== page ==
But if you think Germany is tough with Greece, you should see how it behaves at home.
The current dilemma now facing Europe is partly an outgrowth of Germany's own countrywide obsession with avoiding excessive debt.
It's a focus born out of long historical experience, which has helped to turn responsible spending into both a personal and a civic virtue. Germany is a place where cash remains king; some retail outlets, including IKEA locations, don't accept credit cards.
At the national level, the German federal government recently balanced the budget for the first time in 45 years. Starting in 2016, it will be bound by a constitutional measure restricting its borrowing, something known as the "debt brake."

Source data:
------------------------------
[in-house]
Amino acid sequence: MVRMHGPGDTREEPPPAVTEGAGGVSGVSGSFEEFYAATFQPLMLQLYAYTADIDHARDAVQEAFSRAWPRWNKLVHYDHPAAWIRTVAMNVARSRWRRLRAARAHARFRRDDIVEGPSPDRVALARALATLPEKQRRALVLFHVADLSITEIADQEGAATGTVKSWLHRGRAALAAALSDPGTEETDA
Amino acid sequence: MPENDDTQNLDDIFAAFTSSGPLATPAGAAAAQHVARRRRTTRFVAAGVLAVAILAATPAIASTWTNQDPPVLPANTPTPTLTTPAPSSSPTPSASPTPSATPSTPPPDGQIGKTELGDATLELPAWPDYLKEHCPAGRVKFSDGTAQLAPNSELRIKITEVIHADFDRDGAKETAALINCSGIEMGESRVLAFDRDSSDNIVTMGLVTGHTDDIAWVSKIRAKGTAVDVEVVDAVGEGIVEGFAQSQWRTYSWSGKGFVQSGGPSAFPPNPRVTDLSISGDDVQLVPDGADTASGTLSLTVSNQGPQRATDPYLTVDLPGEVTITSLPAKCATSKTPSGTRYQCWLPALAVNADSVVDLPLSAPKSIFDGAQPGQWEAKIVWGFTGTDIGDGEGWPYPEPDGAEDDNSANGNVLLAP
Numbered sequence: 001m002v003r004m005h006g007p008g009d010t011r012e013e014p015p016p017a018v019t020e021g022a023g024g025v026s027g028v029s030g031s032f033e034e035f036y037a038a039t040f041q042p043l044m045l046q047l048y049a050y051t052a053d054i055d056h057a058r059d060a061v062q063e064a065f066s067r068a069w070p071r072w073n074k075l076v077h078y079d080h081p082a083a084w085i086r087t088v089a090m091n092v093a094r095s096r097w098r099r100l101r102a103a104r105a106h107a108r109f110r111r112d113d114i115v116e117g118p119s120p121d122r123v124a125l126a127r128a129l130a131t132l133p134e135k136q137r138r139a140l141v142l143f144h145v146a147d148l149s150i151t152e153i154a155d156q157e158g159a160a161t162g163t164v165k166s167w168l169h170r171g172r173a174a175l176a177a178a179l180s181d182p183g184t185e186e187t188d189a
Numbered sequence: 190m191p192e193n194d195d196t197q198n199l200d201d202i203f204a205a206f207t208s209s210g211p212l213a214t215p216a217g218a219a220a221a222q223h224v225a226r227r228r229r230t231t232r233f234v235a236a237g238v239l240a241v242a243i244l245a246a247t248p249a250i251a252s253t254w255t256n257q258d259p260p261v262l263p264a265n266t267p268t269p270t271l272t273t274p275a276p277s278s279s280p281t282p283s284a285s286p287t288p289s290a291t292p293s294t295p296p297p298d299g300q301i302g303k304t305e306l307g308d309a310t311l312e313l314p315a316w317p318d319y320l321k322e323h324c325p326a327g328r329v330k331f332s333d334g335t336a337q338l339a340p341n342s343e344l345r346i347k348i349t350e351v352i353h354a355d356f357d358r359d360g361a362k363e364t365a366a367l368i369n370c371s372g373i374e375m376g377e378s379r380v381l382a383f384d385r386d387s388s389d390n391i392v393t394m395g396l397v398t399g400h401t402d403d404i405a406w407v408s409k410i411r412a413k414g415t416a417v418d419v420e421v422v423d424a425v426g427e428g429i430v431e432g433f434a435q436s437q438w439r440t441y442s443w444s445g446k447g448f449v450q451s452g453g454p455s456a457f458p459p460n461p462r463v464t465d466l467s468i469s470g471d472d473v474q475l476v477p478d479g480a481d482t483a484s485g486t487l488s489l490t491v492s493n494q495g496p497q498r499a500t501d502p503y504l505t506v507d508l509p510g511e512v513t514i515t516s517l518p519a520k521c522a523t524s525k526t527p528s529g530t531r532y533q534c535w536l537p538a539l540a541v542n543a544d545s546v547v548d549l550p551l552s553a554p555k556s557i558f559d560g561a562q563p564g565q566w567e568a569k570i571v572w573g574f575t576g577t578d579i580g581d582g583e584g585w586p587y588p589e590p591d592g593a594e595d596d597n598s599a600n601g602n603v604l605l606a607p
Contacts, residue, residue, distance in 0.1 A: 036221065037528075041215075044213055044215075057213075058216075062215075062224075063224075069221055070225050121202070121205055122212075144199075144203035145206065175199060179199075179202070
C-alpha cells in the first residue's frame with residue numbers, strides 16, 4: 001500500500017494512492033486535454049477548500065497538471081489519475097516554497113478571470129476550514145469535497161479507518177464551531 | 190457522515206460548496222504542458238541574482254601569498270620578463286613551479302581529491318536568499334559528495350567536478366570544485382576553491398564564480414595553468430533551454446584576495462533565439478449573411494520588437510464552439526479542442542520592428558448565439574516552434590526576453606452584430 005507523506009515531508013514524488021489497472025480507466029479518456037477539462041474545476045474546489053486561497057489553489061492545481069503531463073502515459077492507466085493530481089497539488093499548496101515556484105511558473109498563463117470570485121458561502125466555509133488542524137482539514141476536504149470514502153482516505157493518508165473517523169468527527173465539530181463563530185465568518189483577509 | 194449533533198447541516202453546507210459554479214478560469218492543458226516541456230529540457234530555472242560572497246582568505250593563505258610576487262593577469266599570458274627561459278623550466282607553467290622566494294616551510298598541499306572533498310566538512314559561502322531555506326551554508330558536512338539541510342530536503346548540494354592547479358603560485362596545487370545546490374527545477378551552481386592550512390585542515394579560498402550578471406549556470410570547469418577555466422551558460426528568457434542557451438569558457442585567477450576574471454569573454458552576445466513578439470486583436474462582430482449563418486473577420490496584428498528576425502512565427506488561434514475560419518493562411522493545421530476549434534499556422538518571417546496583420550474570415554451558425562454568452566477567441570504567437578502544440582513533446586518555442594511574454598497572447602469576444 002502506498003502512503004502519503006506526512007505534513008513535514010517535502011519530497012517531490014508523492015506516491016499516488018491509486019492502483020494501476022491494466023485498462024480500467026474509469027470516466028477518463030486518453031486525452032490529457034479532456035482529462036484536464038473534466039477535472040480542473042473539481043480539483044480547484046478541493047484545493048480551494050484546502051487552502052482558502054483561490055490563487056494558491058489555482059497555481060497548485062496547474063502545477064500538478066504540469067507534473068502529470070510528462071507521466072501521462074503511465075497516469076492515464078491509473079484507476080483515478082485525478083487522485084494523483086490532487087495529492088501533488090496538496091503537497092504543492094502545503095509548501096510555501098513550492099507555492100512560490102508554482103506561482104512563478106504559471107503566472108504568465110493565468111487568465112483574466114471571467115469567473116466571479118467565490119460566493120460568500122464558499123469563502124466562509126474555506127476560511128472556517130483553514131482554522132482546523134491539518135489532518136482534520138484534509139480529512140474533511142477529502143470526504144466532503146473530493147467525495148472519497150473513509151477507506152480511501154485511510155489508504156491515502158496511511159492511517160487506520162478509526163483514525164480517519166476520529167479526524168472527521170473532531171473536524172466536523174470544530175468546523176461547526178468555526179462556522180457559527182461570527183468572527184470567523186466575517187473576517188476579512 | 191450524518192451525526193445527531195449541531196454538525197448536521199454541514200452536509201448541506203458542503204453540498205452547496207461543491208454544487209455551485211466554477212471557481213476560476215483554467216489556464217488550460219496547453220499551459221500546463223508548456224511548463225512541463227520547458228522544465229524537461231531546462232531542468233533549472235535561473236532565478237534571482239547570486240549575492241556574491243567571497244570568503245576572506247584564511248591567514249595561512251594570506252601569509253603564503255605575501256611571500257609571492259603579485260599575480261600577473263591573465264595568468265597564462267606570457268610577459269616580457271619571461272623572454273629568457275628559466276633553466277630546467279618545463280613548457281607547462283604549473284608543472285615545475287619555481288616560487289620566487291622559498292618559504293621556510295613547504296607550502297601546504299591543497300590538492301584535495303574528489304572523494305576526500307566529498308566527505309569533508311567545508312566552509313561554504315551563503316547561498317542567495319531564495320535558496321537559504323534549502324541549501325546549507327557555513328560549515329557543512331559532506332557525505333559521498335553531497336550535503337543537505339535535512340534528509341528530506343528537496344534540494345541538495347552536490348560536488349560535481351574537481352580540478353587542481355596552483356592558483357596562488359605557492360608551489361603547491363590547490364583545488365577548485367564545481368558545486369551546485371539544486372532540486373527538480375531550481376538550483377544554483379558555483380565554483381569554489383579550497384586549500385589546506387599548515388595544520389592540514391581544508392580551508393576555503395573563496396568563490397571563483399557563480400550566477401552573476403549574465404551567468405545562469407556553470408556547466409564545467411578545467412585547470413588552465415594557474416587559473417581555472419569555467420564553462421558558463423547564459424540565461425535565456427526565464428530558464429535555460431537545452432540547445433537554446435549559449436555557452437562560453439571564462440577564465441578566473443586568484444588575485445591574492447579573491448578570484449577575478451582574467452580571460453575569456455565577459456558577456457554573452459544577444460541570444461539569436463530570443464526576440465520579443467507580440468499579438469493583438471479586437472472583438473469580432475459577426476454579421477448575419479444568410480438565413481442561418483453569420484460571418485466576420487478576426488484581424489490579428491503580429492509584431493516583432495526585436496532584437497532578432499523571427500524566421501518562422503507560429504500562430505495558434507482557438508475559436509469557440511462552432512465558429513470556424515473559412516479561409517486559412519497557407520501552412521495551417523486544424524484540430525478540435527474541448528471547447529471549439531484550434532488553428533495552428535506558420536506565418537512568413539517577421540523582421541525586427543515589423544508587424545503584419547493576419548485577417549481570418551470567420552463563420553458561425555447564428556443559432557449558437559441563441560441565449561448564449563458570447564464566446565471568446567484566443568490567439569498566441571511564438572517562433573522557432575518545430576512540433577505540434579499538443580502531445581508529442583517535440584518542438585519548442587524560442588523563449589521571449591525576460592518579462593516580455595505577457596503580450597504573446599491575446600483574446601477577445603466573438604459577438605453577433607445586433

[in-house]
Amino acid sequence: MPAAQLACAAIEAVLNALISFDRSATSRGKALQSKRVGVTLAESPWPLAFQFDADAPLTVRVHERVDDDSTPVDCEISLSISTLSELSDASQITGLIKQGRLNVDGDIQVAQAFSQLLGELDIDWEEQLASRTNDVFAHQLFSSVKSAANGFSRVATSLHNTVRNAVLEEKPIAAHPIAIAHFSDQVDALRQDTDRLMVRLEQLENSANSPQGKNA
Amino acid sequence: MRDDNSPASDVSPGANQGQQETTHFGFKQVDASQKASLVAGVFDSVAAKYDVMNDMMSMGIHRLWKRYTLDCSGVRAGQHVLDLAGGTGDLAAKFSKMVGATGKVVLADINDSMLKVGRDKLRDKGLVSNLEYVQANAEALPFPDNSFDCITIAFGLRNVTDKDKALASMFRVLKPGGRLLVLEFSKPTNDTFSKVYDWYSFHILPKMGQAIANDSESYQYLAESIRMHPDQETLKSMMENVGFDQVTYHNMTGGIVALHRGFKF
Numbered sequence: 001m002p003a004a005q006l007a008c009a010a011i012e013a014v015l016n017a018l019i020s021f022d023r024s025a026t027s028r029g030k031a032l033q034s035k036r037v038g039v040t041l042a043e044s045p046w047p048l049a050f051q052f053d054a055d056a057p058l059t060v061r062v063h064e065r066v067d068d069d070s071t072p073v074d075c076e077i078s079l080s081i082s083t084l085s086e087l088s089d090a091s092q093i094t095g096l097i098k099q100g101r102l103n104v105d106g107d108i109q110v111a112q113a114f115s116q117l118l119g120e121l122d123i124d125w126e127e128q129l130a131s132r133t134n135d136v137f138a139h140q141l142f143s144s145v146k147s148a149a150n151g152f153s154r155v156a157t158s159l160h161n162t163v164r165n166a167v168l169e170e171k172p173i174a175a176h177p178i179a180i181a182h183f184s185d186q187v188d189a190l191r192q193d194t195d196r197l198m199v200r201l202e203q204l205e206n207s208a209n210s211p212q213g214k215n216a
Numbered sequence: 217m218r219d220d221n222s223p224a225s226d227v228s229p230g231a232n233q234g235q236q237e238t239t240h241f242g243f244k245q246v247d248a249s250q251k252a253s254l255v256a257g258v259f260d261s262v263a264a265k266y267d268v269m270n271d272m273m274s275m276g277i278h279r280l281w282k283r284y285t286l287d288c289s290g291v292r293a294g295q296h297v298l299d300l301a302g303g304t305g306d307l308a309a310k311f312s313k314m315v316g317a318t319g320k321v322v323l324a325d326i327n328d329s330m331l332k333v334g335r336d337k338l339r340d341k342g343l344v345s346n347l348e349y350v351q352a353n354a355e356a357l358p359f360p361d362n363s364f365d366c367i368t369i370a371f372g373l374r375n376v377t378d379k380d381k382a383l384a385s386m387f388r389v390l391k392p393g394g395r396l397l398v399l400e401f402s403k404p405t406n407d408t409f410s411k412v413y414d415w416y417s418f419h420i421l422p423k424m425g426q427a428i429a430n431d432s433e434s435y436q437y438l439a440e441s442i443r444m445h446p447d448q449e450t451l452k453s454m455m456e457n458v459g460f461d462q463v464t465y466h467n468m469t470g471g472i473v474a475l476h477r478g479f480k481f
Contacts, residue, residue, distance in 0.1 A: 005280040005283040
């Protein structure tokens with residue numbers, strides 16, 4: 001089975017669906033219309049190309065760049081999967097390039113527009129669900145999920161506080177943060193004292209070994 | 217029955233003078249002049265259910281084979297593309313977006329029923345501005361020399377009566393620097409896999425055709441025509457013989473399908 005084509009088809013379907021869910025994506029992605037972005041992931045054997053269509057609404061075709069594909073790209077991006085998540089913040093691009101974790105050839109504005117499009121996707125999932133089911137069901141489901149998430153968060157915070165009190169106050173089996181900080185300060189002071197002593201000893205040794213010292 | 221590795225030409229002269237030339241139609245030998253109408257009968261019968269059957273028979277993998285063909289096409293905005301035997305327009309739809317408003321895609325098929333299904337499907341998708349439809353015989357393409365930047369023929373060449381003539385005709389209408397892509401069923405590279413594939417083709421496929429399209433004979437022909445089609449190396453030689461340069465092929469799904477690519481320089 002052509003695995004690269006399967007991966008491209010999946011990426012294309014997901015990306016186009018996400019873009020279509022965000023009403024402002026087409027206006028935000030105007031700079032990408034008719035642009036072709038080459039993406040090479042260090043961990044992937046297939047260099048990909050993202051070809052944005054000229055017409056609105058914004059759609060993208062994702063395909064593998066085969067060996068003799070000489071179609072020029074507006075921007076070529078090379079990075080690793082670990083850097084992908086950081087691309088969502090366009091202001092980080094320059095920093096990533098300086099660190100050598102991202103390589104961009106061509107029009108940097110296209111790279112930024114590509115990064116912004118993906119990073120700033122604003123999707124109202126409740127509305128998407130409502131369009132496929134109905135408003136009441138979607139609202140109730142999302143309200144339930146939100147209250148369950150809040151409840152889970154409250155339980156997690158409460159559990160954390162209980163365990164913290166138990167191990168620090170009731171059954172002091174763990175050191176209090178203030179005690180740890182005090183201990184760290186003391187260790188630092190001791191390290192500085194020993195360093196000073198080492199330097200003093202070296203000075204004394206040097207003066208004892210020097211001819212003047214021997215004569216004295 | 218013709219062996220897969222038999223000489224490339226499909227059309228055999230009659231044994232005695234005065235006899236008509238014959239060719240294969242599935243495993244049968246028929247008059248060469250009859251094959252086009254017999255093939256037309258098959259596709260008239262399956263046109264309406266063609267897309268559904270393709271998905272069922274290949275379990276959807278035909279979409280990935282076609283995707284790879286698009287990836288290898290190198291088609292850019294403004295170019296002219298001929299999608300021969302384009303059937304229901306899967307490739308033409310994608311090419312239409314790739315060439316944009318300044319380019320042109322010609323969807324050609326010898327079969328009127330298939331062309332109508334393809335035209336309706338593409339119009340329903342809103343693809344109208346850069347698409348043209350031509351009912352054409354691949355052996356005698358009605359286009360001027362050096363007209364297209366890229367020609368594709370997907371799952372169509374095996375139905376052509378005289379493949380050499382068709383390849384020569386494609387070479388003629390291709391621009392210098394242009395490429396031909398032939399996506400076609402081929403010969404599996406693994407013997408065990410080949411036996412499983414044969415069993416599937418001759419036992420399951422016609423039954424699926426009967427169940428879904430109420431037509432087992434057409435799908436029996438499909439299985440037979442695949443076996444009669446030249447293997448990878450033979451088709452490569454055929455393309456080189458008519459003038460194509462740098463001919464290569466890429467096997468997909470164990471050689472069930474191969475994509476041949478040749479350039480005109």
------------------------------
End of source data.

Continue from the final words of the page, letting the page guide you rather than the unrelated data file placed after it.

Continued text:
The unwavering focus on fiscal discipline is a source of consternation for those who see Germany's debt phobia as unhealthy for Europe and for its own future. In an era of ultra-low interest rates, they say, Germany should seize the chance to borrow cheaply and use the funds to update its infrastructure and make an investment in long-term prosperity.
"We are not in a situation where the balanced budget should be the first priority," said Ferdinand Fichtner of the German Institute for Economic Research in Berlin. "It would make more sense to take a bit more money and invest in public goods."
But such arguments have found little traction so far within the German government.